Long Pond Proposed Development

Frequently Asked Questions

Is this project a done deal – is it going ahead?

Ocean Choice is in the regulatory stages of a proposed development in Long Pond that could see the development of new land, an approximate 90-metre wharf, as well as the construction of a new cold storage facility. The business plan for the project is still being finalized and a decision to proceed with the development has not yet been made. This is a significant investment – upwards of $15 million – for the company; and with the added uncertainly caused by the ongoing pandemic we are taking our time to make the final decision.

Where in the Long Pond Harbour is the proposed development going to be?

The development is in the commercial area off Terminal Road in Conception Bay South.

What exactly does the development entail?

The Company’s proposed development will see approximately 17,000 m2 (1.7 hectares) of new land developed that will house:

  • Approximate, 90-metre long marginal wharf;
  • Laydown and parking area;
  • Cold storage building infrastructure (approximately 36,000 ft²)
    • 43 foot-high building

After acquiring the waterlot in 2018, Ocean Choice submitted a proposal for approximately 2.5 hectares to the federal and provincial regulatory departments. Since this time, Ocean Choice has adjusted our development plan to reduce the footprint to 1.7 hectares of new land. There is an opportunity to develop the additional 0.8 hectares on the wharf side of the development that could see an extension to the wharf – this is the 2.5 hectares that was included in the proposed development plan. There has been no decision made on this as the existing 1.7 hectares meets our existing cold storage and offloading needs.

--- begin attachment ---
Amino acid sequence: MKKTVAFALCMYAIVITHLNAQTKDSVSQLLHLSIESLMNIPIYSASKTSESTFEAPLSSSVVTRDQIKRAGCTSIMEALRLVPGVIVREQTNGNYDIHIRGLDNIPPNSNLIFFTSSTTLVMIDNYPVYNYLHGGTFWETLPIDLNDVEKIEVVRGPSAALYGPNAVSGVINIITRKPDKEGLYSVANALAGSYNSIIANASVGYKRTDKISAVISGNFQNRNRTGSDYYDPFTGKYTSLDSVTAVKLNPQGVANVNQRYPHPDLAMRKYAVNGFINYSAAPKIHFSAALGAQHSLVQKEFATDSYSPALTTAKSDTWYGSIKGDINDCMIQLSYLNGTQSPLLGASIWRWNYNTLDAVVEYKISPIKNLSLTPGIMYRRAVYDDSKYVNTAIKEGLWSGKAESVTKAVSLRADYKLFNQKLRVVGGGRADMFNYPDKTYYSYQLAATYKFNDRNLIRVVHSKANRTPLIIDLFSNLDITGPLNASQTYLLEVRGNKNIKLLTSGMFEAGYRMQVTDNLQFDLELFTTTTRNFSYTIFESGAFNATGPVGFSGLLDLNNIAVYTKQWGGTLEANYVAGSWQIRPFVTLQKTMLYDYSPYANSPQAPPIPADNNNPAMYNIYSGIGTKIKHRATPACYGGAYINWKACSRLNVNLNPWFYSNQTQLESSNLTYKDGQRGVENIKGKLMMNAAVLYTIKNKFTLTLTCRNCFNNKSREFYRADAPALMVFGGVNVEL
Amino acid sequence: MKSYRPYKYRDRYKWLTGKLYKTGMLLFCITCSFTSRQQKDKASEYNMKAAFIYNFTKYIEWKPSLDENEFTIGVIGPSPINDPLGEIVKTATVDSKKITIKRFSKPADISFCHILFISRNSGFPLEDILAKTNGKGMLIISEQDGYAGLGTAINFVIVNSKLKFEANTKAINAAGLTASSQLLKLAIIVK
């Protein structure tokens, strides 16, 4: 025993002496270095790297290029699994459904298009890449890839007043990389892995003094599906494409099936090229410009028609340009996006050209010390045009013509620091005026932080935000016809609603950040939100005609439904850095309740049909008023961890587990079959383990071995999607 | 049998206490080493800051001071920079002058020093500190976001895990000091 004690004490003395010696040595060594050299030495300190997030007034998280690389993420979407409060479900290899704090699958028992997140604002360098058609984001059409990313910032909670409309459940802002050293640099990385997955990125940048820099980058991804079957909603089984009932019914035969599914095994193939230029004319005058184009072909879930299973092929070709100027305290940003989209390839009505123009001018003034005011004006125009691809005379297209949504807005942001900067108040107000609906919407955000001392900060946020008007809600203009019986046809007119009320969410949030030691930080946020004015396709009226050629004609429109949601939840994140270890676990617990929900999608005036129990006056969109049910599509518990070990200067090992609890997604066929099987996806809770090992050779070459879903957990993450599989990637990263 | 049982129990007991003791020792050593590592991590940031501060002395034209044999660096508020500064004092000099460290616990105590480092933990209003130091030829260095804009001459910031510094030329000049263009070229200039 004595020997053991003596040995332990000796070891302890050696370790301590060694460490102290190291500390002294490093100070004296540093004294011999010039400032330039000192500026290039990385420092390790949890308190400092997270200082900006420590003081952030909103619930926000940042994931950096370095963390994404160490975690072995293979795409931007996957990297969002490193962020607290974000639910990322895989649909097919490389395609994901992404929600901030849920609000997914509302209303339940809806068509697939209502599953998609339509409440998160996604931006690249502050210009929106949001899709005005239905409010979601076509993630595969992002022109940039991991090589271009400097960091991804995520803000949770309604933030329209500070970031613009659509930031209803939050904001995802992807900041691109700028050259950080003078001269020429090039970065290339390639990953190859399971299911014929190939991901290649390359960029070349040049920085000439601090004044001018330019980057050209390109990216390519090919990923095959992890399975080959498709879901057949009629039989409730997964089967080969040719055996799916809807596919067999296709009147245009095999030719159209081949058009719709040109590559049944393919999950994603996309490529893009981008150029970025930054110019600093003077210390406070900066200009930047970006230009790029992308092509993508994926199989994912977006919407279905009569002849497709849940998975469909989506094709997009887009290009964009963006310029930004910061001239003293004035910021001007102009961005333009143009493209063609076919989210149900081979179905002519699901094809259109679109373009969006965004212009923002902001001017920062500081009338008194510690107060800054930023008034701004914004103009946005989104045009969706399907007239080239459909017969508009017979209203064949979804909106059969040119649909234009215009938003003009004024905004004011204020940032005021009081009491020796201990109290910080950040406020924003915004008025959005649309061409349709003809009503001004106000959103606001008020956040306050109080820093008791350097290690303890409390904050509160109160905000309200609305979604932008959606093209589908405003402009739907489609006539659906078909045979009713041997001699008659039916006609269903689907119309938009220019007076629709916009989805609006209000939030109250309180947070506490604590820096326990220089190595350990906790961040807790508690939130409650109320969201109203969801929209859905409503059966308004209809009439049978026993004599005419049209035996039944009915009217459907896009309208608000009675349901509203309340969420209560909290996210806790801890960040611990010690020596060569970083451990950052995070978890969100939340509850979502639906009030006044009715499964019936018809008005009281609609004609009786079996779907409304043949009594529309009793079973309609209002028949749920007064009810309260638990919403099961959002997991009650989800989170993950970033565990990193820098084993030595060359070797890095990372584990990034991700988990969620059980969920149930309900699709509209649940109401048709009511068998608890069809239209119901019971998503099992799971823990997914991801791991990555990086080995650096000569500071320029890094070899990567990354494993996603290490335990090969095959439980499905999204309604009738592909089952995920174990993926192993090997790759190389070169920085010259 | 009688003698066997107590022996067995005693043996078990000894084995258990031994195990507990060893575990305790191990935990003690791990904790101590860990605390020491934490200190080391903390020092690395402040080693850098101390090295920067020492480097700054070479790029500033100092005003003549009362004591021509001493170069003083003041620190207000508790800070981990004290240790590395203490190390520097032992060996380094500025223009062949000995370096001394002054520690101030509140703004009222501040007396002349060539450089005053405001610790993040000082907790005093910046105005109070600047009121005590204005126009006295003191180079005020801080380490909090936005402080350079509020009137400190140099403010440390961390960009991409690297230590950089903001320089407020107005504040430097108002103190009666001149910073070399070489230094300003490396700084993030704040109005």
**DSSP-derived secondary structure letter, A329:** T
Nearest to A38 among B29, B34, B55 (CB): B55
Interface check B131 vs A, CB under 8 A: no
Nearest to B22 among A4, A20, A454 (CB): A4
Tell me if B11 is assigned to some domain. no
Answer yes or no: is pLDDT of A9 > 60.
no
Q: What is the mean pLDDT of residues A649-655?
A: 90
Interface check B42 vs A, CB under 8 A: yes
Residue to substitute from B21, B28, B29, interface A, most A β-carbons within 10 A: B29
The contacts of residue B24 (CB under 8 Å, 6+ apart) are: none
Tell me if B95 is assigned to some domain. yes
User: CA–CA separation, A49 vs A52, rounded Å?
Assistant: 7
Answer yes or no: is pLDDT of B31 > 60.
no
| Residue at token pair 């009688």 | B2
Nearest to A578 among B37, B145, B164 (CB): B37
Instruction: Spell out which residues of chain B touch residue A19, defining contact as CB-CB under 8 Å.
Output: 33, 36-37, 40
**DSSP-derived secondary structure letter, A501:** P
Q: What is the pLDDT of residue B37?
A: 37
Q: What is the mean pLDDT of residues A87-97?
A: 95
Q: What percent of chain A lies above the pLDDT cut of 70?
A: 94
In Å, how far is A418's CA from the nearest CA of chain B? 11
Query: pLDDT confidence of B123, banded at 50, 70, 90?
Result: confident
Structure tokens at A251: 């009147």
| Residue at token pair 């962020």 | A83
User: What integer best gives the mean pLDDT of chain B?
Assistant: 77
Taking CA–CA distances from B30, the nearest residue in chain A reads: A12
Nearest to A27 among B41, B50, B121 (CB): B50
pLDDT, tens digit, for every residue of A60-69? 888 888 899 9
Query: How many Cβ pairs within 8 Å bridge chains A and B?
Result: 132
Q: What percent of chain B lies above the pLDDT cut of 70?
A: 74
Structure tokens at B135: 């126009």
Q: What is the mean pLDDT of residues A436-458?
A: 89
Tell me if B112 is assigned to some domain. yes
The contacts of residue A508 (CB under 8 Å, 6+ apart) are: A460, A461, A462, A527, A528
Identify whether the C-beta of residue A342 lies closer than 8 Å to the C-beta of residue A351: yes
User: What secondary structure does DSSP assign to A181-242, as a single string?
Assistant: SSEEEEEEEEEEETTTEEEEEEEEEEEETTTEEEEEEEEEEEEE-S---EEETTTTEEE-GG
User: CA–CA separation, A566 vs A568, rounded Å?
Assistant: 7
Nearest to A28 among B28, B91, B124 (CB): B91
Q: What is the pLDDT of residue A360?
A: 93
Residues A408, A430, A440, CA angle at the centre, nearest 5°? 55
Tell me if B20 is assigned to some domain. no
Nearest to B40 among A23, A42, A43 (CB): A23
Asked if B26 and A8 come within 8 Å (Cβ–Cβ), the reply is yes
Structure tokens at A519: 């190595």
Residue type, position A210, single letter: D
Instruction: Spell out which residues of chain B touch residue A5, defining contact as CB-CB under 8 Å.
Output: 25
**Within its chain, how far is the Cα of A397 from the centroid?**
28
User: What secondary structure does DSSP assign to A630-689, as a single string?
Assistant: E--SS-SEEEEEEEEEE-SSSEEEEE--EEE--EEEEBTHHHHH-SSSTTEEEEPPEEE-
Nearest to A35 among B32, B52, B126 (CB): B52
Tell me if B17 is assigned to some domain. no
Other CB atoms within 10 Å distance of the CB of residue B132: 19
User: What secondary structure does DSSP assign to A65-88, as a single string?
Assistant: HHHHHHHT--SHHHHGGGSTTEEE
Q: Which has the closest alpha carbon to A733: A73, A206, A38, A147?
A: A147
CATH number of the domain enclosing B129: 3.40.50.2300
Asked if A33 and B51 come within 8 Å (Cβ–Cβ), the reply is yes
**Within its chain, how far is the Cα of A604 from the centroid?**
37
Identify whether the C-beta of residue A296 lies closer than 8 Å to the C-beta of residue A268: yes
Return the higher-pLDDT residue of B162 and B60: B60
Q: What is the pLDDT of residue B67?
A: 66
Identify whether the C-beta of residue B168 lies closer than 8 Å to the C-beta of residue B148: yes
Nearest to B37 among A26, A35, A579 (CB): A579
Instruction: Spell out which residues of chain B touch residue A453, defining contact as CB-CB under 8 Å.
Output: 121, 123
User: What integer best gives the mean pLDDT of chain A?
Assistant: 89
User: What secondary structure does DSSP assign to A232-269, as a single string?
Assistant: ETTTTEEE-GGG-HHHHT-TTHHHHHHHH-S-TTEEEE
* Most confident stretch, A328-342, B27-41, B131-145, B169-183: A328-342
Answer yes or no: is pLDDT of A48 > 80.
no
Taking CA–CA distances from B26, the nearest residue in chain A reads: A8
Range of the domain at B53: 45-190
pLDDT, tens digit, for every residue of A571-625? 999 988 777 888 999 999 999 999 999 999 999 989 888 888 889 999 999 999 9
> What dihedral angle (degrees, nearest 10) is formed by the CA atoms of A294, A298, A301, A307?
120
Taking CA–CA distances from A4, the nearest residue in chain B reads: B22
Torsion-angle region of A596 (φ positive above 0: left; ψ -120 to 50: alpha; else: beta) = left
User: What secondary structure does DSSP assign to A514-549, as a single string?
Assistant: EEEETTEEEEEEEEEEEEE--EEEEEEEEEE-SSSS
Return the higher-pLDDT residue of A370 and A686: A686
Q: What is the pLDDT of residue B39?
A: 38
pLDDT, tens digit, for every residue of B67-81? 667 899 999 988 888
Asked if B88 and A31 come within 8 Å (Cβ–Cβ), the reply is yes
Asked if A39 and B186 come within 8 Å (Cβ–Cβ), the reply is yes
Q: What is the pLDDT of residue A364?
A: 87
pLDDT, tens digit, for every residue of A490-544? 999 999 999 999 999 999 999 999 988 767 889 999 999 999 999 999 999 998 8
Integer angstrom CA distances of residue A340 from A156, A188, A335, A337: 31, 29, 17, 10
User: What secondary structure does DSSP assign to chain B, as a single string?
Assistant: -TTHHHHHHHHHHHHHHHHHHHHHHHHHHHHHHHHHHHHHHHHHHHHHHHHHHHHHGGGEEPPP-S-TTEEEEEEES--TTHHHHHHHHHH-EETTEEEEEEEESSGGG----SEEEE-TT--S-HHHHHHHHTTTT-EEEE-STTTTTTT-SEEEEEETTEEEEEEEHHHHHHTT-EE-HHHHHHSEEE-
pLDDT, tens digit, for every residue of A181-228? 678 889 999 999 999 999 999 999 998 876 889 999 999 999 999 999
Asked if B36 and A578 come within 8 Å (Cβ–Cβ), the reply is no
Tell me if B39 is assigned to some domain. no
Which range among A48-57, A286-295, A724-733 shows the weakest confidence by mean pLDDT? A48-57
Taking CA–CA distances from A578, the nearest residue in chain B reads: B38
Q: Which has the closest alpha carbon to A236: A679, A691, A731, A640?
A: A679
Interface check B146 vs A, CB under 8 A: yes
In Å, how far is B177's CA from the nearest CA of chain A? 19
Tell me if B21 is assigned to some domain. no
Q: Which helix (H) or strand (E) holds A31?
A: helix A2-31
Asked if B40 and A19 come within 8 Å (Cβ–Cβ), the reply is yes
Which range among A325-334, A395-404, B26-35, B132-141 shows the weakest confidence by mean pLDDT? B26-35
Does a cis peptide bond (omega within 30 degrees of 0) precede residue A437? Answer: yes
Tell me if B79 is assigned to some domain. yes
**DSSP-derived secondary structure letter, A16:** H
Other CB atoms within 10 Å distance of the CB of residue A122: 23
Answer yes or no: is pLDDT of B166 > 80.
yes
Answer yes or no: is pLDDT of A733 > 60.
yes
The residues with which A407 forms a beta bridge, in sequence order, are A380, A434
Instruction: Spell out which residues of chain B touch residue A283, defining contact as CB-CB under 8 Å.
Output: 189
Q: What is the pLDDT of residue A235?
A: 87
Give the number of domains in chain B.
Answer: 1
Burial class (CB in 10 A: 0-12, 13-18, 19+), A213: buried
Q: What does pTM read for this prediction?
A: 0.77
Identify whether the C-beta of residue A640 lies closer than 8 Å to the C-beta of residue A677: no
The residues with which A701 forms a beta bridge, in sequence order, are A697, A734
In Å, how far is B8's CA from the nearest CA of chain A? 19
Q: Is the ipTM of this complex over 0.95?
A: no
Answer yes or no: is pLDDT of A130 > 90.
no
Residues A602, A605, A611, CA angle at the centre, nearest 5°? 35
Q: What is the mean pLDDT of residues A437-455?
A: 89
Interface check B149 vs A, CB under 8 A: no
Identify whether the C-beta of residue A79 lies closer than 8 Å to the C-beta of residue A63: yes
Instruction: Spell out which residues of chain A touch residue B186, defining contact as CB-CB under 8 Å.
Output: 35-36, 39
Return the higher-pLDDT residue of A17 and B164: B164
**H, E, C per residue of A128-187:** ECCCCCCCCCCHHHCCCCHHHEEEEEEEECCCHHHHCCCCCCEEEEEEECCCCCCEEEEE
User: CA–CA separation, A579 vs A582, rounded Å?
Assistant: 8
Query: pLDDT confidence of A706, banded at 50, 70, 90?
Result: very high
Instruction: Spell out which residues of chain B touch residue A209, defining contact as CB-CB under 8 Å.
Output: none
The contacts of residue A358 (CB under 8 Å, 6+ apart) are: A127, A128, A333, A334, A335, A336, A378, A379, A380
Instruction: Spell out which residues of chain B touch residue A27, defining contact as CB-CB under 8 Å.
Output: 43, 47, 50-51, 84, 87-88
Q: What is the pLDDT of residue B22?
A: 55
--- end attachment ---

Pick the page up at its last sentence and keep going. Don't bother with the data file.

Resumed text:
What benefits will the Town of Conception Bay South experience as a result of this development?

The Town of CBS can expect to see 30 to 40 new jobs created, millions of dollars in spin-off business opportunities for supply services in the area, economic benefit to other local businesses in the area and the potential relocation of people to the community.

Is the cold storage facility that is being proposed the same as a fish processing plant?

Cold storage operations are very different than operating a fish plant. Many seafood cold storage facilities in Newfoundland and Labrador are located within the heart of the community with minimal disruption to community life and are similar to the operation of other food cold storage facilities. At the proposed cold storage facility in Long Pond, frozen-at-sea product is offloaded from offshore fishing vessels and stored at the cold storage facility in its frozen state until the product is shipped to global markets. No processing takes place at the cold storage facility, resulting in no odor.

Why was Long Pond Harbour selected as the site for this development – wouldn’t a more rural community be better suited for this type of operation?